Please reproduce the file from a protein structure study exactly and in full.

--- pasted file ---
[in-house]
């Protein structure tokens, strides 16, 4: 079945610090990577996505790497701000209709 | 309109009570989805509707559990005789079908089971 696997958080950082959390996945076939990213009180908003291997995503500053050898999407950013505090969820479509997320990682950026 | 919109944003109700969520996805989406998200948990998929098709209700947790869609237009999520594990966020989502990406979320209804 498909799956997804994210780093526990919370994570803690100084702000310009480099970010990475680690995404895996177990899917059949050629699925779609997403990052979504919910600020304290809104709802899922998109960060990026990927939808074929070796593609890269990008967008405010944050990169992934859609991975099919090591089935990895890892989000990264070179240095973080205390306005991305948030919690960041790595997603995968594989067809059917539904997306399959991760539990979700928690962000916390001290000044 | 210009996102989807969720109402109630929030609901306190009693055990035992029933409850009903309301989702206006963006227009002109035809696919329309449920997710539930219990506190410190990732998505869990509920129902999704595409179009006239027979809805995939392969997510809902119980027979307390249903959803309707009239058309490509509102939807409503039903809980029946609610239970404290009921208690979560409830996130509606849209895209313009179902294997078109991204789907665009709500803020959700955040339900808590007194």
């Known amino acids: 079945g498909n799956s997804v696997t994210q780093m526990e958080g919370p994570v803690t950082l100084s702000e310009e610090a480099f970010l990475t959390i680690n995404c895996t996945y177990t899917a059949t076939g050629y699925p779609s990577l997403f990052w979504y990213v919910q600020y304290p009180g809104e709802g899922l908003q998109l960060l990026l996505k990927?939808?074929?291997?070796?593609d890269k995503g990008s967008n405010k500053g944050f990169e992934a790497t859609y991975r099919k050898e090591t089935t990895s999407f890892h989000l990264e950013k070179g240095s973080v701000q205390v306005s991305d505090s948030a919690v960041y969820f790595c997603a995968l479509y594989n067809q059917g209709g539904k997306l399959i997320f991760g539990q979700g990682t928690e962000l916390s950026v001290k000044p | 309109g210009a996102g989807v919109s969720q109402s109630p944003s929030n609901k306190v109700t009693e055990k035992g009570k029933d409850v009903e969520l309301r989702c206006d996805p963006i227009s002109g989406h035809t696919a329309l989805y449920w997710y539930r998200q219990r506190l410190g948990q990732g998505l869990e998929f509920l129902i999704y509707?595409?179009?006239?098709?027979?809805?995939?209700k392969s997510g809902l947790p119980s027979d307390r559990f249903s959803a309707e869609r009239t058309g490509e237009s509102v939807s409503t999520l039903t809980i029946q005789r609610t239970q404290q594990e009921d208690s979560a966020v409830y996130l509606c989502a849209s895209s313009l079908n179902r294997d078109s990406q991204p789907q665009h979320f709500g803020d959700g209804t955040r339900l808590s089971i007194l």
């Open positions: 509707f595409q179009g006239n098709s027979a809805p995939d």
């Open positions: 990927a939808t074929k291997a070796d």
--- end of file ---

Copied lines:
[in-house]
């Protein structure tokens, strides 16, 4: 079945610090990577996505790497701000209709 | 309109009570989805509707559990005789079908089971 696997958080950082959390996945076939990213009180908003291997995503500053050898999407950013505090969820479509997320990682950026 | 919109944003109700969520996805989406998200948990998929098709209700947790869609237009999520594990966020989502990406979320209804 498909799956997804994210780093526990919370994570803690100084702000310009480099970010990475680690995404895996177990899917059949050629699925779609997403990052979504919910600020304290809104709802899922998109960060990026990927939808074929070796593609890269990008967008405010944050990169992934859609991975099919090591089935990895890892989000990264070179240095973080205390306005991305948030919690960041790595997603995968594989067809059917539904997306399959991760539990979700928690962000916390001290000044 | 210009996102989807969720109402109630929030609901306190009693055990035992029933409850009903309301989702206006963006227009002109035809696919329309449920997710539930219990506190410190990732998505869990509920129902999704595409179009006239027979809805995939392969997510809902119980027979307390249903959803309707009239058309490509509102939807409503039903809980029946609610239970404290009921208690979560409830996130509606849209895209313009179902294997078109991204789907665009709500803020959700955040339900808590007194």
């Known amino acids: 079945g498909n799956s997804v696997t994210q780093m526990e958080g919370p994570v803690t950082l100084s702000e310009e610090a480099f970010l990475t959390i680690n995404c895996t996945y177990t899917a059949t076939g050629y699925p779609s990577l997403f990052w979504y990213v919910q600020y304290p009180g809104e709802g899922l908003q998109l960060l990026l996505k990927?939808?074929?291997?070796?593609d890269k995503g990008s967008n405010k500053g944050f990169e992934a790497t859609y991975r099919k050898e090591t089935t990895s999407f890892h989000l990264e950013k070179g240095s973080v701000q205390v306005s991305d505090s948030a919690v960041y969820f790595c997603a995968l479509y594989n067809q059917g209709g539904k997306l399959i997320f991760g539990q979700g990682t928690e962000l916390s950026v001290k000044p | 309109g210009a996102g989807v919109s969720q109402s109630p944003s929030n609901k306190v109700t009693e055990k035992g009570k029933d409850v009903e969520l309301r989702c206006d996805p963006i227009s002109g989406h035809t696919a329309l989805y449920w997710y539930r998200q219990r506190l410190g948990q990732g998505l869990e998929f509920l129902i999704y509707?595409?179009?006239?098709?027979?809805?995939?209700k392969s997510g809902l947790p119980s027979d307390r559990f249903s959803a309707e869609r009239t058309g490509e237009s509102v939807s409503t999520l039903t809980i029946q005789r609610t239970q404290q594990e009921d208690s979560a966020v409830y996130l509606c989502a849209s895209s313009l079908n179902r294997d078109s990406q991204p789907q665009h979320f709500g803020d959700g209804t955040r339900l808590s089971i007194l």
């Open positions: 509707f595409q179009g006239n098709s027979a809805p995939d």
């Open positions: 990927a939808t074929k291997a070796d």